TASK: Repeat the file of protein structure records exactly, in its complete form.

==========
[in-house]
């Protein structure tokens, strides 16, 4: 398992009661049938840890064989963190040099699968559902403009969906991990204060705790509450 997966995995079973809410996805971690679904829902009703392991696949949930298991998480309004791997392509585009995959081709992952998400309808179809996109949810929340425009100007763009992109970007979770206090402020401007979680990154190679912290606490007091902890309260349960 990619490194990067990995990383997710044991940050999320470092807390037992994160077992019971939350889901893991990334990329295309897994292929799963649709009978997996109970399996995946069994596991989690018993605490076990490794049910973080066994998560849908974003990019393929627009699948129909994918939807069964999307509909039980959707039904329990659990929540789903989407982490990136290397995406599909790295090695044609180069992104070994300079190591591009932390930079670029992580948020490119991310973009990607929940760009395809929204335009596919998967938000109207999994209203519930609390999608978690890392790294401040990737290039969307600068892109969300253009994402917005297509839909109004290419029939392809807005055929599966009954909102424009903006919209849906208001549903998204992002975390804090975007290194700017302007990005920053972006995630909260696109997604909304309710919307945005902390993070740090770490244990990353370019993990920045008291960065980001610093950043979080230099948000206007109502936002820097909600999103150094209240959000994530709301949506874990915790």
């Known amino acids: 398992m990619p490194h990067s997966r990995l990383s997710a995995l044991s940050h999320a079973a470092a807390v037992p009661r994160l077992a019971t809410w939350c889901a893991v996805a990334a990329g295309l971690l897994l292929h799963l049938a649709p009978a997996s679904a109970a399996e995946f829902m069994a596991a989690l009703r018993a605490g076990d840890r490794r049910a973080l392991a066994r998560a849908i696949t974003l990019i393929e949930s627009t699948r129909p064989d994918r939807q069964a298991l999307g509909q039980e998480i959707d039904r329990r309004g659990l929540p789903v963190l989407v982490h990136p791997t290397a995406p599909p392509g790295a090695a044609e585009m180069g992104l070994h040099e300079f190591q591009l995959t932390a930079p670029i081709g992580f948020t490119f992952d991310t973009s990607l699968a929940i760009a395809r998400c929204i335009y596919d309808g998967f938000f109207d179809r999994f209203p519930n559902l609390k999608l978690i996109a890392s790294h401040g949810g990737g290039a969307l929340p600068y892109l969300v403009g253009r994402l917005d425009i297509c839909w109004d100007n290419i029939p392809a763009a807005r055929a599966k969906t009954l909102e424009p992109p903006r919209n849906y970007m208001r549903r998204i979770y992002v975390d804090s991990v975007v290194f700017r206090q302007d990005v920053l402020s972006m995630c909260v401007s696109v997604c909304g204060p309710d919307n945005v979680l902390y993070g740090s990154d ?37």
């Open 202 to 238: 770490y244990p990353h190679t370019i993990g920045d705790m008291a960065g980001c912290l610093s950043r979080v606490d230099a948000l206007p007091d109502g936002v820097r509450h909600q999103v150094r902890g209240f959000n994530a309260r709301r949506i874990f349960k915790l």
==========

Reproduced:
[in-house]
């Protein structure tokens, strides 16, 4: 398992009661049938840890064989963190040099699968559902403009969906991990204060705790509450 997966995995079973809410996805971690679904829902009703392991696949949930298991998480309004791997392509585009995959081709992952998400309808179809996109949810929340425009100007763009992109970007979770206090402020401007979680990154190679912290606490007091902890309260349960 990619490194990067990995990383997710044991940050999320470092807390037992994160077992019971939350889901893991990334990329295309897994292929799963649709009978997996109970399996995946069994596991989690018993605490076990490794049910973080066994998560849908974003990019393929627009699948129909994918939807069964999307509909039980959707039904329990659990929540789903989407982490990136290397995406599909790295090695044609180069992104070994300079190591591009932390930079670029992580948020490119991310973009990607929940760009395809929204335009596919998967938000109207999994209203519930609390999608978690890392790294401040990737290039969307600068892109969300253009994402917005297509839909109004290419029939392809807005055929599966009954909102424009903006919209849906208001549903998204992002975390804090975007290194700017302007990005920053972006995630909260696109997604909304309710919307945005902390993070740090770490244990990353370019993990920045008291960065980001610093950043979080230099948000206007109502936002820097909600999103150094209240959000994530709301949506874990915790």
């Known amino acids: 398992m990619p490194h990067s997966r990995l990383s997710a995995l044991s940050h999320a079973a470092a807390v037992p009661r994160l077992a019971t809410w939350c889901a893991v996805a990334a990329g295309l971690l897994l292929h799963l049938a649709p009978a997996s679904a109970a399996e995946f829902m069994a596991a989690l009703r018993a605490g076990d840890r490794r049910a973080l392991a066994r998560a849908i696949t974003l990019i393929e949930s627009t699948r129909p064989d994918r939807q069964a298991l999307g509909q039980e998480i959707d039904r329990r309004g659990l929540p789903v963190l989407v982490h990136p791997t290397a995406p599909p392509g790295a090695a044609e585009m180069g992104l070994h040099e300079f190591q591009l995959t932390a930079p670029i081709g992580f948020t490119f992952d991310t973009s990607l699968a929940i760009a395809r998400c929204i335009y596919d309808g998967f938000f109207d179809r999994f209203p519930n559902l609390k999608l978690i996109a890392s790294h401040g949810g990737g290039a969307l929340p600068y892109l969300v403009g253009r994402l917005d425009i297509c839909w109004d100007n290419i029939p392809a763009a807005r055929a599966k969906t009954l909102e424009p992109p903006r919209n849906y970007m208001r549903r998204i979770y992002v975390d804090s991990v975007v290194f700017r206090q302007d990005v920053l402020s972006m995630c909260v401007s696109v997604c909304g204060p309710d919307n945005v979680l902390y993070g740090s990154d ?37």
């Open 202 to 238: 770490y244990p990353h190679t370019i993990g920045d705790m008291a960065g980001c912290l610093s950043r979080v606490d230099a948000l206007p007091d109502g936002v820097r509450h909600q999103v150094r902890g209240f959000n994530a309260r709301r949506i874990f349960k915790l």